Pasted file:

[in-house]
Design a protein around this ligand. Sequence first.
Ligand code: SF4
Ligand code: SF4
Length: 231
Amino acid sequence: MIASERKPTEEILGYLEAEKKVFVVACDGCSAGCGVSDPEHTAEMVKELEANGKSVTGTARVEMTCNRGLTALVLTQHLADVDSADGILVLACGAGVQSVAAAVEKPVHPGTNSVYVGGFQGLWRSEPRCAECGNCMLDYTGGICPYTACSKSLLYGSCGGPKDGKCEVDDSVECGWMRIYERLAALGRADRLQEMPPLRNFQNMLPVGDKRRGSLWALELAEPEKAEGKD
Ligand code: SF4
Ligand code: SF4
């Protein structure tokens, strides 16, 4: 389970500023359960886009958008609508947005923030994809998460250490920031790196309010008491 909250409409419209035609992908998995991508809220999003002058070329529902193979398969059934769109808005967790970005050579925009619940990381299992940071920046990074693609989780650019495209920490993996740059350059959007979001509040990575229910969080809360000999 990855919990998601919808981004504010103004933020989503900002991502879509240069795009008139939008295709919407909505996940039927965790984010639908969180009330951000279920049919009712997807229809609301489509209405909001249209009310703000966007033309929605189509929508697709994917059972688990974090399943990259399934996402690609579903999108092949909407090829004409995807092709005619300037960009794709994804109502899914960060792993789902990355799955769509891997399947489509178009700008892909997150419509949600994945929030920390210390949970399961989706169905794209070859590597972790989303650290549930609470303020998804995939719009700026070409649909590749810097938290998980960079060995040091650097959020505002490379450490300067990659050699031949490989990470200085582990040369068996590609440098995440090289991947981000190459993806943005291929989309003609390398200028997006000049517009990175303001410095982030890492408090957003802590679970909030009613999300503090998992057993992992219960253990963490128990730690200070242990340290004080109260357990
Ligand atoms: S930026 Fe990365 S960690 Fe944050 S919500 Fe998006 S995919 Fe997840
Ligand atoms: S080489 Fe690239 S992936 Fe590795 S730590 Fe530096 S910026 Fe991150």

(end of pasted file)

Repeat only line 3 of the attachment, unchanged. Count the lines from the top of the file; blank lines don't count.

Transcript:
Ligand code: SF4